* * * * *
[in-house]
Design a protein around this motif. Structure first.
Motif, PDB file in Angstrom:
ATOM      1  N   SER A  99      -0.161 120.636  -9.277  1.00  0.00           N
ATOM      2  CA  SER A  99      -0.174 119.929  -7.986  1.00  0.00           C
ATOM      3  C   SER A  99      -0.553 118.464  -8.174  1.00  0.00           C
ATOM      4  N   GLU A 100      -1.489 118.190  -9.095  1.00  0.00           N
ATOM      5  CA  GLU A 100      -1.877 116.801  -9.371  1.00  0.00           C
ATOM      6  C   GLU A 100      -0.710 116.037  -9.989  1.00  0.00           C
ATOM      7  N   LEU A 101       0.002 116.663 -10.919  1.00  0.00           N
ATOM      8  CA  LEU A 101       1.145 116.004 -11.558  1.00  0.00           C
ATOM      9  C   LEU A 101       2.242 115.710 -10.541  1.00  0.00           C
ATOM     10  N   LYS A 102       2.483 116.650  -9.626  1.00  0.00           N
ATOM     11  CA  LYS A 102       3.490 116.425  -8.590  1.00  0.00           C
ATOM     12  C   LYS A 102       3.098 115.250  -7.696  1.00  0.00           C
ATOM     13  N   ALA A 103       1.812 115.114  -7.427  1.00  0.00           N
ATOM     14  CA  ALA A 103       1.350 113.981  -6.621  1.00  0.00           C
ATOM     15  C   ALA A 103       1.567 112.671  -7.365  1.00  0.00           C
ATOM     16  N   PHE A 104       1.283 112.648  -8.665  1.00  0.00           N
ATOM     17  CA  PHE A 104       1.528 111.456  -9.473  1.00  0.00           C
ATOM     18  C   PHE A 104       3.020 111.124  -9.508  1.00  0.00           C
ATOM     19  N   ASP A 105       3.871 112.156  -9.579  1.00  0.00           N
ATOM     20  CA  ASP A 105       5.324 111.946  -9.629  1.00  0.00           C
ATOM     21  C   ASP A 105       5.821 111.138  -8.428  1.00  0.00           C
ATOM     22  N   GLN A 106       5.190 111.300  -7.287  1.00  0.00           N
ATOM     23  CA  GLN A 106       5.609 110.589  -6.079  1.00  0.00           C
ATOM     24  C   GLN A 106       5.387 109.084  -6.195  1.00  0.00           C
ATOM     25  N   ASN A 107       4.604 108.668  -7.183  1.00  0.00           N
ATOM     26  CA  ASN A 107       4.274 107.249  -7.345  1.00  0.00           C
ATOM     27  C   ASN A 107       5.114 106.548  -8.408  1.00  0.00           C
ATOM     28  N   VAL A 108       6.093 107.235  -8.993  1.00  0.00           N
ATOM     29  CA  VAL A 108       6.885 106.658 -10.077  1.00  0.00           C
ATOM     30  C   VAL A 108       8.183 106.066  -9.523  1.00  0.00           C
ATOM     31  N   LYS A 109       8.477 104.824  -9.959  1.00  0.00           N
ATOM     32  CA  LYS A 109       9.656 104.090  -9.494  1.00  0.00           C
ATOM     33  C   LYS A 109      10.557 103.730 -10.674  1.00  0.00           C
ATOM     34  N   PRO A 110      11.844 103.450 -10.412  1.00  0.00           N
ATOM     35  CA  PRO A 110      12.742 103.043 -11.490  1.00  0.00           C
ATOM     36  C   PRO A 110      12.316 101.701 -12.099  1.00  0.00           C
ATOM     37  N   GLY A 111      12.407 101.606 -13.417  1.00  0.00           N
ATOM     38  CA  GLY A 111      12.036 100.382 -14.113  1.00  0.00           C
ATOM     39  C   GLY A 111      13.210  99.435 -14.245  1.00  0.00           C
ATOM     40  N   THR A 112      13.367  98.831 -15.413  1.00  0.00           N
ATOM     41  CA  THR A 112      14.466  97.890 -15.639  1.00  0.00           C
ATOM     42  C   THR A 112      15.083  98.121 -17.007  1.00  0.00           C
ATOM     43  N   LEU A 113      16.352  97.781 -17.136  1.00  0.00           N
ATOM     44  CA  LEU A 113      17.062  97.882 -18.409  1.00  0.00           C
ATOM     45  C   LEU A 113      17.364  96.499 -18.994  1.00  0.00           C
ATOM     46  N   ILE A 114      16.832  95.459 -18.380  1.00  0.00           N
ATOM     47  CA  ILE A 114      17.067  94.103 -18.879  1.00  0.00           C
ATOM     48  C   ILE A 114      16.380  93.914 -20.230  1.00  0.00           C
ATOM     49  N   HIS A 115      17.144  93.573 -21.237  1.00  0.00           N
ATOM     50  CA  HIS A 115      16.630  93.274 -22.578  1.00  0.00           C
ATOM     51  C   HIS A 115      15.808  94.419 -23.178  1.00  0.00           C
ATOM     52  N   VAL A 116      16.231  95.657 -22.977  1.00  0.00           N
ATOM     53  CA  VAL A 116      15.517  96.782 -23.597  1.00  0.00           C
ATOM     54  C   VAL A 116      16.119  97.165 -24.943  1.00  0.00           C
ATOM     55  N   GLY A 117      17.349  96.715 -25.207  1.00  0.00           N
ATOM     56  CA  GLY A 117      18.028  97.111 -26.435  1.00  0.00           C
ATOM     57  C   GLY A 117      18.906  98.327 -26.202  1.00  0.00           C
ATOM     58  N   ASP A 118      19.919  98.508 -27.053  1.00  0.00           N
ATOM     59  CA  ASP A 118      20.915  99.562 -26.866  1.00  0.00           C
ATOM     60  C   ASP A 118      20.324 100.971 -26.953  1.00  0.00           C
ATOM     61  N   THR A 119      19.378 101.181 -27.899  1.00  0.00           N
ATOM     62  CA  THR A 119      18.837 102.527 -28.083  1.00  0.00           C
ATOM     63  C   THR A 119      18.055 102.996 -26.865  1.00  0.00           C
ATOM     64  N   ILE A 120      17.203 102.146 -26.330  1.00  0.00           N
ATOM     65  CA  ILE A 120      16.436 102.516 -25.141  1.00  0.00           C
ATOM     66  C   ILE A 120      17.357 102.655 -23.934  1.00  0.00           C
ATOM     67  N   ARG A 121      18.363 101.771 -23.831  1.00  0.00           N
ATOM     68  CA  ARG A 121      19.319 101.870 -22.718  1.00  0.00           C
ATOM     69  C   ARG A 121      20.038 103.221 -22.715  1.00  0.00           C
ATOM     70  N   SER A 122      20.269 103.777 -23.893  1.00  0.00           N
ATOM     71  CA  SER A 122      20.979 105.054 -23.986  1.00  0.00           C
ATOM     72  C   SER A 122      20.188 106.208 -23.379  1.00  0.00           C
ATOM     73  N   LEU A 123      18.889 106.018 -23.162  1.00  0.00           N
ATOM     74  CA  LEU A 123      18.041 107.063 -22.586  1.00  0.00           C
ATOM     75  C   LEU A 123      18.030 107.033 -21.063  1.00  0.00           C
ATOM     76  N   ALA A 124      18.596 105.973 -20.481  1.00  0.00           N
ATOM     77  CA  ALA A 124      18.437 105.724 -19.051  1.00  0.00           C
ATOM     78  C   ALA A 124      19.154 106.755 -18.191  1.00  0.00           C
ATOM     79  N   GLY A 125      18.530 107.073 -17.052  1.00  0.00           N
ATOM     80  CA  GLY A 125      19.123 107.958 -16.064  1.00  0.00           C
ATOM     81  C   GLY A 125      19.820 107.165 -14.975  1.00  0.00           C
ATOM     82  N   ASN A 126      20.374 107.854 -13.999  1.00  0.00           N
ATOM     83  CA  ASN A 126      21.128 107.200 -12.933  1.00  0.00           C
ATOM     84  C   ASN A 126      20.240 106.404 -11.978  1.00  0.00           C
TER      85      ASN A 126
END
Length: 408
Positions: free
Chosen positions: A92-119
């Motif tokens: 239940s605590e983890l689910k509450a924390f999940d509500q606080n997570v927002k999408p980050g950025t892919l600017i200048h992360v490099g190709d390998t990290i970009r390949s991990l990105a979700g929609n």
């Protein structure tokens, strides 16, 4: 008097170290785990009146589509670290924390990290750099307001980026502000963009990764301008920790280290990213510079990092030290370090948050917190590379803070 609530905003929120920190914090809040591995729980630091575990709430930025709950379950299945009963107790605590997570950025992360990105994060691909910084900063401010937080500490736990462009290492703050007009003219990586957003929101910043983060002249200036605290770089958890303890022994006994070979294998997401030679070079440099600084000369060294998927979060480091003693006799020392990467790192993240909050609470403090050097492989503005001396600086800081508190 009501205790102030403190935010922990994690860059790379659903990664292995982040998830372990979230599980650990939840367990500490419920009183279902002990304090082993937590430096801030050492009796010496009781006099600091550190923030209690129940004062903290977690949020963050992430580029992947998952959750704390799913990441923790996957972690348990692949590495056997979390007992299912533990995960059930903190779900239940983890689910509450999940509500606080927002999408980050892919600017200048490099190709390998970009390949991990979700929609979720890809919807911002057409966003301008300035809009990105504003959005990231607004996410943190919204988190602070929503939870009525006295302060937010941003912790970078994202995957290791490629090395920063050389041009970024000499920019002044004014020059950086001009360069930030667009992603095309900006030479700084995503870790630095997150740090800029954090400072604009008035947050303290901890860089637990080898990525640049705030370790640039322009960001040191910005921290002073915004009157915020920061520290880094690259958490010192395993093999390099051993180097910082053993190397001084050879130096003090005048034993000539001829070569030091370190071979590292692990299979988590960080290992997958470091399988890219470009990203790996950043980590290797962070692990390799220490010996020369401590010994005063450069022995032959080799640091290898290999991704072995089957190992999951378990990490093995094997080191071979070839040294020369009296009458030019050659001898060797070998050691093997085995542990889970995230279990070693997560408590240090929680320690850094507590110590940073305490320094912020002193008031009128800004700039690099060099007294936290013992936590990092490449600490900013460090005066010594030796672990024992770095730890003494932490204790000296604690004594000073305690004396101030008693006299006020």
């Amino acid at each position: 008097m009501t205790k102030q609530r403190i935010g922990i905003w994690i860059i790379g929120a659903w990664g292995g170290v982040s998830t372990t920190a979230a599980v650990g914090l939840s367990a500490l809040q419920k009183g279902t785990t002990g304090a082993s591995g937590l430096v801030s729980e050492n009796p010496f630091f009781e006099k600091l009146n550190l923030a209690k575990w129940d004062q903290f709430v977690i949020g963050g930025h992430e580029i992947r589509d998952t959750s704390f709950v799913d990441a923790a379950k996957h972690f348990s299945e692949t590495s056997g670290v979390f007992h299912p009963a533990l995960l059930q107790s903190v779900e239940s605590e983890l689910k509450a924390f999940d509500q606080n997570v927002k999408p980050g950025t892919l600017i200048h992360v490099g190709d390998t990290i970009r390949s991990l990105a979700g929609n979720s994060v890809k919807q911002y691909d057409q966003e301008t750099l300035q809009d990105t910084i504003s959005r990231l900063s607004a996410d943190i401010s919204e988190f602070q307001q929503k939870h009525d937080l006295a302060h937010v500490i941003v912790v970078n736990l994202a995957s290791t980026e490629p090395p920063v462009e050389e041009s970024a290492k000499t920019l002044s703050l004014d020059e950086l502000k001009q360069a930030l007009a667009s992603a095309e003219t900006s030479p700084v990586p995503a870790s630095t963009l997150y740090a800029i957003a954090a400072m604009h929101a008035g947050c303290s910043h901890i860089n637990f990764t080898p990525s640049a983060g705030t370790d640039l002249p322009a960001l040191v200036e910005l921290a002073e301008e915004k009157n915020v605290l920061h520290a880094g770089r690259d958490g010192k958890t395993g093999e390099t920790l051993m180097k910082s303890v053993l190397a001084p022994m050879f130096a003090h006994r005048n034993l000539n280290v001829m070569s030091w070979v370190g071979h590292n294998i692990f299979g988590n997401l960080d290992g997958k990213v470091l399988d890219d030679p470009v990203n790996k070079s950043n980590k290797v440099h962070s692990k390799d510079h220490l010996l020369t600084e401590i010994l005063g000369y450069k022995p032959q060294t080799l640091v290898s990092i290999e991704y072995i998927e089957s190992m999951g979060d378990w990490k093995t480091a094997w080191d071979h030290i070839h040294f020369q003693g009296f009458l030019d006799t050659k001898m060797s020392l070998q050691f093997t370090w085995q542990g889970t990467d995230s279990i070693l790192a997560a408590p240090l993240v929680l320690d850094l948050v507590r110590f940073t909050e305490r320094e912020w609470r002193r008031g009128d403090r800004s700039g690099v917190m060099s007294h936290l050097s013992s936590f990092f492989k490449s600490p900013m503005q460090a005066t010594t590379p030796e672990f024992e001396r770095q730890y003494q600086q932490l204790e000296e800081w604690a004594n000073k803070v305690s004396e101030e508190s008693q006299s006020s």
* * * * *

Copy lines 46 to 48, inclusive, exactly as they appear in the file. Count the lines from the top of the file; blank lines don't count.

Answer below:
ATOM     43  N   LEU A 113      16.352  97.781 -17.136  1.00  0.00           N
ATOM     44  CA  LEU A 113      17.062  97.882 -18.409  1.00  0.00           C
ATOM     45  C   LEU A 113      17.364  96.499 -18.994  1.00  0.00           C